Poor maternal health care remains concern in Zimbabwe

The lack of sound maternal health facilities at satellite clinics around the Nyadire, Mutambara and Old Mutare mission hospitals in Zimbabwe is hampering the fight against maternal deaths, according to a senior nursing officer.

The Zimbabwe Episcopal Area has 12 clinics, three hospitals and two dental clinics. All of the facilities handle maternal and child health issues.

Speaking during a one-day maternal and child heath workshop in Harare in June, Netsai Ndlovu — sister-in-charge at Nyadire hospital — said poor maternal facilities at most of these clinics are a cause for concern.

“We have problems at our clinics where our staff cannot accommodate the expecting mothers due to (the) unavailability of maternal facilities,” she said.

Although the hospitals have qualified staff, she said, some referrals are delayed due to poor networking between the clinics and hospitals.

“The referrals that we receive from the local clinics are not always made in time,” Sister Ndlovu said, adding that the hospitals do not have enough ambulances to handle multiple referral cases at the same time.

She said in most cases, either the mother or child has died from complications due to the delays made during referrals.

“Most of the deaths that we have recorded so far are a result of complications due to delays. One such case was when a woman had to spend the whole night in labor at one of our clinics, only to be referred to Nyadire hospital the next day with serious complications. When she arrived, she delivered a baby who only survived for a few hours.”

Sister Ndlovu also bemoaned the conduct of some home-based maternal caregivers, saying they did not want to work with her staff, causing delays and complications to the expecting mothers.

Some improvements

With assistance from The Nyadire Connection, a nonprofit organization founded by a group of United Methodists in Pittsburgh, Pennsylvania, the church is expanding and upgrading the buildings at Nyahuku Clinic. The improvements at the satellite clinic of the United Methodist Nyadire Mission will help meet the demands of the 14 villages in the area.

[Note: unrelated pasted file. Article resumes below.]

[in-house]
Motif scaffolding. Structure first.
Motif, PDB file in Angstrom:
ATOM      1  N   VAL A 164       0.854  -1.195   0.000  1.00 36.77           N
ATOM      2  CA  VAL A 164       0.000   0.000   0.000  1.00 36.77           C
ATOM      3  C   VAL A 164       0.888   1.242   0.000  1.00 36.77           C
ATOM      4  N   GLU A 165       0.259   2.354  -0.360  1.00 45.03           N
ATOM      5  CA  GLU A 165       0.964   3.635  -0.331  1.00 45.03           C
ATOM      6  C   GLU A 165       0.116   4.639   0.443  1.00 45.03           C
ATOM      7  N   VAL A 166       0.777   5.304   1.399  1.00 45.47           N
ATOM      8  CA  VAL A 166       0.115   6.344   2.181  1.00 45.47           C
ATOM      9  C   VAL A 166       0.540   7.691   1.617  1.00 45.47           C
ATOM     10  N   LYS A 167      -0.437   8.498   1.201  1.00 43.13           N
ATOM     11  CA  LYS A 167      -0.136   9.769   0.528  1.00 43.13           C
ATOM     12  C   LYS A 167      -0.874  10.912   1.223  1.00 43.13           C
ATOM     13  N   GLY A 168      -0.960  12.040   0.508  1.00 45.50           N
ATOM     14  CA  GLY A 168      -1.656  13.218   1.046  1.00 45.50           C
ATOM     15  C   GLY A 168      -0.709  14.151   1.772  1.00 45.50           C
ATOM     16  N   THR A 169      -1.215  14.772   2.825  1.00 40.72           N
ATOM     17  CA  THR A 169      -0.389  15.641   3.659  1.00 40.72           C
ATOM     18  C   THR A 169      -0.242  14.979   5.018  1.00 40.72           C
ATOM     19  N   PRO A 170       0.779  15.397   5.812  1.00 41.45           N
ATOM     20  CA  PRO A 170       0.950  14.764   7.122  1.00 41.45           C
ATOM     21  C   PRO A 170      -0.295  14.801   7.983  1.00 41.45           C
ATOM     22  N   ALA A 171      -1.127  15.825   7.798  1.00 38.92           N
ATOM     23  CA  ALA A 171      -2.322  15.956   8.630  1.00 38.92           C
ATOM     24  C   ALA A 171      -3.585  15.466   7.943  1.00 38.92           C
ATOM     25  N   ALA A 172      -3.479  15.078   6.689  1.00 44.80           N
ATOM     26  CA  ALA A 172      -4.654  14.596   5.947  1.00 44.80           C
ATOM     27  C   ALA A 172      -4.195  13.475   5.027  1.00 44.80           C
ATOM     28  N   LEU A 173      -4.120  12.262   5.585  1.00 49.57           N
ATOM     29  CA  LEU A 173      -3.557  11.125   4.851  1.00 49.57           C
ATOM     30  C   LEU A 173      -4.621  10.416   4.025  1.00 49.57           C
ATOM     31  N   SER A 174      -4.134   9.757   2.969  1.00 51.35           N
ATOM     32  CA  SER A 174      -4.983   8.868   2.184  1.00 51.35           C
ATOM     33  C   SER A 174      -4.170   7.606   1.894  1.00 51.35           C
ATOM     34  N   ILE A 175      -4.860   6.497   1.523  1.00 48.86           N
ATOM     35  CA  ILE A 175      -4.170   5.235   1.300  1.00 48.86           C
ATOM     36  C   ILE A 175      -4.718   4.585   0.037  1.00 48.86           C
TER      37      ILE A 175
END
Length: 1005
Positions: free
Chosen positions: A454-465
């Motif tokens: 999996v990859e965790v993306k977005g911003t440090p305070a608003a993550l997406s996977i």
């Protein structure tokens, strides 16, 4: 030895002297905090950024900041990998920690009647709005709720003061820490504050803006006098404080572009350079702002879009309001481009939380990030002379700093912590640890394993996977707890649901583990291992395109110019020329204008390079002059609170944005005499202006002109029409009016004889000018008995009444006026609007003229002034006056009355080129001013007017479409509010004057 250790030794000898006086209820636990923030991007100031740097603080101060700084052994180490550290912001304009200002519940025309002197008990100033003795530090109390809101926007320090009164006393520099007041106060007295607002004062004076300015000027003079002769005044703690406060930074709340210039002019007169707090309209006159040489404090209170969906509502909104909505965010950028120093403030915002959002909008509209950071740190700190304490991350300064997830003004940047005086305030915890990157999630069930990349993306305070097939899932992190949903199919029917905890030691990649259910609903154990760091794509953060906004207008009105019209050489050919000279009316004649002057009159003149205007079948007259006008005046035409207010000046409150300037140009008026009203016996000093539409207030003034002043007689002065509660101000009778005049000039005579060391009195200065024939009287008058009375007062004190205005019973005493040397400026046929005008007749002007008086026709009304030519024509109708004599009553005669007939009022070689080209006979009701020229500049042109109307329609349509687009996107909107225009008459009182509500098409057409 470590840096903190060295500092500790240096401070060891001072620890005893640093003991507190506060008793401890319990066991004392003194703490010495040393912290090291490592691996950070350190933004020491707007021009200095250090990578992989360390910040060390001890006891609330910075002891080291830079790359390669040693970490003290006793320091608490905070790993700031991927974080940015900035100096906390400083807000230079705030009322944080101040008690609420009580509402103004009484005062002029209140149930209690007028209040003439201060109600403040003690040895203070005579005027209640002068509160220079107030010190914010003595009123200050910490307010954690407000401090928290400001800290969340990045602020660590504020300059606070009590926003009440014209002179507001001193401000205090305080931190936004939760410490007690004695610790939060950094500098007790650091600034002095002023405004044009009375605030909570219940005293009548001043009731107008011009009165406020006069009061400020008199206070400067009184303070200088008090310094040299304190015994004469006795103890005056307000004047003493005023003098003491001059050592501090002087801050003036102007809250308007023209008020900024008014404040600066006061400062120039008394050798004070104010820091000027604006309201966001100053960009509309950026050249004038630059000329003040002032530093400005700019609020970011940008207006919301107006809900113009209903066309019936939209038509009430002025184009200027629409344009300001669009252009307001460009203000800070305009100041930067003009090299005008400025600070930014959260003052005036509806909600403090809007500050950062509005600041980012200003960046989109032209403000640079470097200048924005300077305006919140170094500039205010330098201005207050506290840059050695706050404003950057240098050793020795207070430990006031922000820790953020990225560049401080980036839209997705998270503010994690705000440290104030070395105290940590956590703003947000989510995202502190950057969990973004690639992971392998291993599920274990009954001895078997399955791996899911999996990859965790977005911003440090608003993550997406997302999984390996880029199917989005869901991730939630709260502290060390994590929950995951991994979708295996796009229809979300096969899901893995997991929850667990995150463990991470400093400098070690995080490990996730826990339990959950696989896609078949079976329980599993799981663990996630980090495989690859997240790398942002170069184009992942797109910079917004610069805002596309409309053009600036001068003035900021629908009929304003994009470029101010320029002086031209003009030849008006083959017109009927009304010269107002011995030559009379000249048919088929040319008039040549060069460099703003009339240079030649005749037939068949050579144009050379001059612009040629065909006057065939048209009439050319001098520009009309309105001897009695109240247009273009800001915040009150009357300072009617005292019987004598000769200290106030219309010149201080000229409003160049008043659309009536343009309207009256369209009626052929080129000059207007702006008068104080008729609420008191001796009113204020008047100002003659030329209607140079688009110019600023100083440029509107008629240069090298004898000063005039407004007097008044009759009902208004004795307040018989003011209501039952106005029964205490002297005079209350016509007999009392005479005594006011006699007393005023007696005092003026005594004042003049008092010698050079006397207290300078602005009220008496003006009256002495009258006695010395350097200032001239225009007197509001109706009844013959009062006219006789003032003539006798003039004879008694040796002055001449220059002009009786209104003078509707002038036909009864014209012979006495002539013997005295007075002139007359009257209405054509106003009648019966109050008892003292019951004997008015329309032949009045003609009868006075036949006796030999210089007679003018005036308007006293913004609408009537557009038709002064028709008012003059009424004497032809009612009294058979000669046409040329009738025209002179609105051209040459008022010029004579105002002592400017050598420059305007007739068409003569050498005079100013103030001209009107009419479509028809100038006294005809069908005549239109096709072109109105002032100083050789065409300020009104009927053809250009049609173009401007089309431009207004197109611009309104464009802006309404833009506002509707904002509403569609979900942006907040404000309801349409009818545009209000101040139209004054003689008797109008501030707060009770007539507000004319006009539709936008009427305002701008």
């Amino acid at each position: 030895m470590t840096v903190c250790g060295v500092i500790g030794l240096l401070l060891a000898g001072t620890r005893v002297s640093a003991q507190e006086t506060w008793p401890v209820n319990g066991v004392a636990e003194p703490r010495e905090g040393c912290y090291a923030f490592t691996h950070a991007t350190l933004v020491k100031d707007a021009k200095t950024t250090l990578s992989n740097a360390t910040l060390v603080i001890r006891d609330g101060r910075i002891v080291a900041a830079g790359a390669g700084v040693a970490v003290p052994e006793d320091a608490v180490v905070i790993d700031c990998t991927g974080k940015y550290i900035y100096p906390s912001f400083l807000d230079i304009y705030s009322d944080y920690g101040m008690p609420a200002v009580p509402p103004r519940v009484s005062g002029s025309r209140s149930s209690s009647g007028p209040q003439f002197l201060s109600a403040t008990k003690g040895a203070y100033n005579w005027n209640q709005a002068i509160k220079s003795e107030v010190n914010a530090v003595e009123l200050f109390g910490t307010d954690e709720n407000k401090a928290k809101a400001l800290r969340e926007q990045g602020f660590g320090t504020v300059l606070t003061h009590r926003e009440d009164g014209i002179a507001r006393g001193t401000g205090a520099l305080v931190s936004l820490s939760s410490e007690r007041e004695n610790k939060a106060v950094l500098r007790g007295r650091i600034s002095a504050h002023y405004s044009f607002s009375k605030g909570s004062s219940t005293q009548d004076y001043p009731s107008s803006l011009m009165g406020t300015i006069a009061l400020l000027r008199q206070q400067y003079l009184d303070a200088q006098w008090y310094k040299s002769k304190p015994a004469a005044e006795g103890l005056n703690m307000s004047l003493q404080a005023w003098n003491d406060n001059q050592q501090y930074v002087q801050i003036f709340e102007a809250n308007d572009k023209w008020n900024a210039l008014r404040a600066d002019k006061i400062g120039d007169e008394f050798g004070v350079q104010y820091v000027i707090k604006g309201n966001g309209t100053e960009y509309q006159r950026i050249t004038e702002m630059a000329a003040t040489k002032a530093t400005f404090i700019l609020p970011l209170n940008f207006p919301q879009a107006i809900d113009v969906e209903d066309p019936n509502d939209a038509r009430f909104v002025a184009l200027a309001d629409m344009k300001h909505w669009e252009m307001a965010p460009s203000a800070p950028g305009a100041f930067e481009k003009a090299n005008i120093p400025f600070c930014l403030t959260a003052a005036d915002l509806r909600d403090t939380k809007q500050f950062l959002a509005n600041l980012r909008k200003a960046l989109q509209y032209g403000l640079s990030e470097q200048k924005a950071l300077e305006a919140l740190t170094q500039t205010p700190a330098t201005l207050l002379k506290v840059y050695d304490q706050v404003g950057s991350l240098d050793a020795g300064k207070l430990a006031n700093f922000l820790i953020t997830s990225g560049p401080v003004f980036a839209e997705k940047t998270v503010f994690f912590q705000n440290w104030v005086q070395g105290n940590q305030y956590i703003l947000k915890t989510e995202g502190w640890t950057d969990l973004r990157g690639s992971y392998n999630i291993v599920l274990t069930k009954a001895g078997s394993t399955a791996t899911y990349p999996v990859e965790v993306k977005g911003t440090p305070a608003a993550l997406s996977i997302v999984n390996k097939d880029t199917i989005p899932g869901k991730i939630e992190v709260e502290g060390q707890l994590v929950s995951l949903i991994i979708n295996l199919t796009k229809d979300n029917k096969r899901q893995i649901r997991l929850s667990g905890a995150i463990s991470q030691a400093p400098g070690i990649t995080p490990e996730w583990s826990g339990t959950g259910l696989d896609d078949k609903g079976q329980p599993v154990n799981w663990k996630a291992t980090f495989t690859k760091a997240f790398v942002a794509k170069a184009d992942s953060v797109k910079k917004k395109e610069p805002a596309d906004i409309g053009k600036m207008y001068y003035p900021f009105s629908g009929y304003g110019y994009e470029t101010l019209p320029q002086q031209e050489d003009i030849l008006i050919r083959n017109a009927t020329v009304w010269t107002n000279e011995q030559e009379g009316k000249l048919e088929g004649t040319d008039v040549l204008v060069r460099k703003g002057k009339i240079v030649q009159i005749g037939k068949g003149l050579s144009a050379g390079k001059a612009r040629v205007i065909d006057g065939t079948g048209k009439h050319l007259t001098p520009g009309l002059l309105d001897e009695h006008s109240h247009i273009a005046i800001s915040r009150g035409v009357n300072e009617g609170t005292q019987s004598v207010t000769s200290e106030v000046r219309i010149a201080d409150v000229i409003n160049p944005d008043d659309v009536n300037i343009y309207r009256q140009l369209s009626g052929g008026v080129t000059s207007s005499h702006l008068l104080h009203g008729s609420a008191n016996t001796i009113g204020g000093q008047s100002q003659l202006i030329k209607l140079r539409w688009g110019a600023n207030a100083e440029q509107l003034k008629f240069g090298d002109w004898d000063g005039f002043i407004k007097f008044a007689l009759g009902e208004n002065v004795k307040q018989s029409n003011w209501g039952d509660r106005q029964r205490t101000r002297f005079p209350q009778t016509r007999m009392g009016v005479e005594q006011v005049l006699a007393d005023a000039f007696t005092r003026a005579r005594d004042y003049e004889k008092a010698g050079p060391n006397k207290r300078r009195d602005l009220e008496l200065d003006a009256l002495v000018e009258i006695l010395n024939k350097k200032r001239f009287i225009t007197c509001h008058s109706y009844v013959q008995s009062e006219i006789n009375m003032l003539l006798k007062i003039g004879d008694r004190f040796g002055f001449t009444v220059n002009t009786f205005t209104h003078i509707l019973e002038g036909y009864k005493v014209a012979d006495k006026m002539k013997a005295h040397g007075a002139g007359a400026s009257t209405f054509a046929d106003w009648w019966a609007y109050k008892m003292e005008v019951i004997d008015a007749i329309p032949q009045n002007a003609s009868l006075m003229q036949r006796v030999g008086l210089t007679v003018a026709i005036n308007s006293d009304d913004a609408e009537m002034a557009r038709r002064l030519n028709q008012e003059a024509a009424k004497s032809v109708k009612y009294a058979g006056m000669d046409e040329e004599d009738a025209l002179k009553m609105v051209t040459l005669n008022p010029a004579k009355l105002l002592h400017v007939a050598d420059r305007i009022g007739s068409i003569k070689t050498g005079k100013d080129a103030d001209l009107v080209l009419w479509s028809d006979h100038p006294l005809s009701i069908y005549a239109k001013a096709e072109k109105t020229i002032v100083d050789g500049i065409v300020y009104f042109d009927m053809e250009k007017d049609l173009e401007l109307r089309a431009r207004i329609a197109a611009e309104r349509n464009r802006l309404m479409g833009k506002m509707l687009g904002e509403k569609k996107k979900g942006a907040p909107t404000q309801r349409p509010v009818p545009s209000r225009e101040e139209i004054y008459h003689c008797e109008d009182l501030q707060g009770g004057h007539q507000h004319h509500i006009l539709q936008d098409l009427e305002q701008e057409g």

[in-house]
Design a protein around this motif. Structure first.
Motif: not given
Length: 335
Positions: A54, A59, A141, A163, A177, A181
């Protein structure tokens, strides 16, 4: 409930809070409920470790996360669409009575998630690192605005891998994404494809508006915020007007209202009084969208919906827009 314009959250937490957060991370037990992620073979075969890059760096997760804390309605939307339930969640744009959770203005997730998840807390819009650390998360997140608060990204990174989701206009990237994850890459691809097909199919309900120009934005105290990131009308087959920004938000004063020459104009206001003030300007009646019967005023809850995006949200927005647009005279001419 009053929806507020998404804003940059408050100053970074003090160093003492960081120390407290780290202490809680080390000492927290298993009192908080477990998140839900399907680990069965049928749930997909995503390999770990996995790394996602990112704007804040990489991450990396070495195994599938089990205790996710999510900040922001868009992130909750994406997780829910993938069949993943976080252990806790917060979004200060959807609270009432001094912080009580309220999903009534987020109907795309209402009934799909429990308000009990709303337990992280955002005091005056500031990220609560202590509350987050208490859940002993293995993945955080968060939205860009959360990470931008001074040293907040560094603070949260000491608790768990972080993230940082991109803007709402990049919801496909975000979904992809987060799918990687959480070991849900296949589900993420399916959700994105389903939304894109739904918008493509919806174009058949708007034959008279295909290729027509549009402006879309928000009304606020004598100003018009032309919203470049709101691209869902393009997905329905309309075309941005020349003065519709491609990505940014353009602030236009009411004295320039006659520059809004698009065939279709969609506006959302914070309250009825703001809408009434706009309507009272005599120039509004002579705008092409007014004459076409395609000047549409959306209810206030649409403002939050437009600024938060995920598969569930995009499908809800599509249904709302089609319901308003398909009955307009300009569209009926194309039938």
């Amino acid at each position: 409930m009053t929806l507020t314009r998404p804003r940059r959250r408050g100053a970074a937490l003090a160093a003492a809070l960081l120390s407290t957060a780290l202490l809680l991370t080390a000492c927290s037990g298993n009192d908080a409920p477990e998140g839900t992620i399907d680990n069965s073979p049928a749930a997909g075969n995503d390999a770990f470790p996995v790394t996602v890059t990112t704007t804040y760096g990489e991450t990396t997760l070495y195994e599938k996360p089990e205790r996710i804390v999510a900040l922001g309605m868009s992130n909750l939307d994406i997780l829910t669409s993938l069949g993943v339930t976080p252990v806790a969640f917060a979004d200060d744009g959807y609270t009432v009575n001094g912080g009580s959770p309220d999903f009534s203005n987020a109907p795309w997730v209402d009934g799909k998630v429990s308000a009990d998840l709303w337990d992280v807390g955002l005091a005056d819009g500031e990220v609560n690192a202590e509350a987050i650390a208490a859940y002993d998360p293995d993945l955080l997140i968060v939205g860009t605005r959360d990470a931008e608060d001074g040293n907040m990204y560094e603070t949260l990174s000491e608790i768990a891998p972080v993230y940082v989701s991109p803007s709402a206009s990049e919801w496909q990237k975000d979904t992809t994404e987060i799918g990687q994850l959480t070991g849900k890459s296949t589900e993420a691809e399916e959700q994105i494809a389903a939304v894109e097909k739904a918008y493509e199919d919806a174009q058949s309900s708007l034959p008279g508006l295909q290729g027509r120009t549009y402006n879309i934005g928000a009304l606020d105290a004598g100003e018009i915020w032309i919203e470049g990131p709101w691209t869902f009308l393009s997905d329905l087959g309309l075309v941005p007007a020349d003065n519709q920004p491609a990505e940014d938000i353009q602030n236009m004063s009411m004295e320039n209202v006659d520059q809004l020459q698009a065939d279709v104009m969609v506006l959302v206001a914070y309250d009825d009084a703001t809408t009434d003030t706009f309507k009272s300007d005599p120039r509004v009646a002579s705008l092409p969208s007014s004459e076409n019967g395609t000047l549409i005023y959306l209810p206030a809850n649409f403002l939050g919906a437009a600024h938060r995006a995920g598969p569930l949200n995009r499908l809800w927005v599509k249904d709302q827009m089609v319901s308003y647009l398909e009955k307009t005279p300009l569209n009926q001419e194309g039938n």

The connection already has upgraded the Chikwizo Clinic and plans to improve four other clinics operated by the mission hospital, for a total of six clinic renovations. Both of the renovated clinics have “waiting mother” homes so that pregnant women can stay at the clinic to await delivery of their baby, which reduces the chances they will deliver before they can reach the clinic or a hospital.

The maternal mortality ratio in Zimbabwe was 470 per 100,000 live births in 2013, according to WHO, UNICEF, UNFPA and The World Bank estimates. While that represents a 10 percent decrease between 1990 and 2013, progress has been slow.  

United Methodist regional missionary Grace Musuka, who organized the conference, called on all Zimbabwe Episcopal Area members to help raise funds for the health institutions to improve care.

“We need to work together in mobilizing resources for the fight against maternal deaths at our hospitals as a church. As a church, we remain a concerned party as maternal death is not discriminatory but requires our efforts in eliminating it,” she said.

Although the government has put in place some measures to reduce maternal deaths in the country, she said, several challenges continue to affect the initiative.

“As a result of the non-performing economy, government is facing challenges in stocking enough drugs, availing transport, hospital equipment and shortage of manpower, among other things,” Musuka said.

She also noted that the church should take advantage of alternative donor funding opportunities.

“As we focus on mobilizing resources locally, there is need to cast our efforts wider, reaching to the global partners in sourcing the resources for our institutions.”

Chingwe is the Zimbabwe East Conference communicator. News media contact: Vicki Brown, news editor, newsdesk@umcom.org or 615-742-5469.

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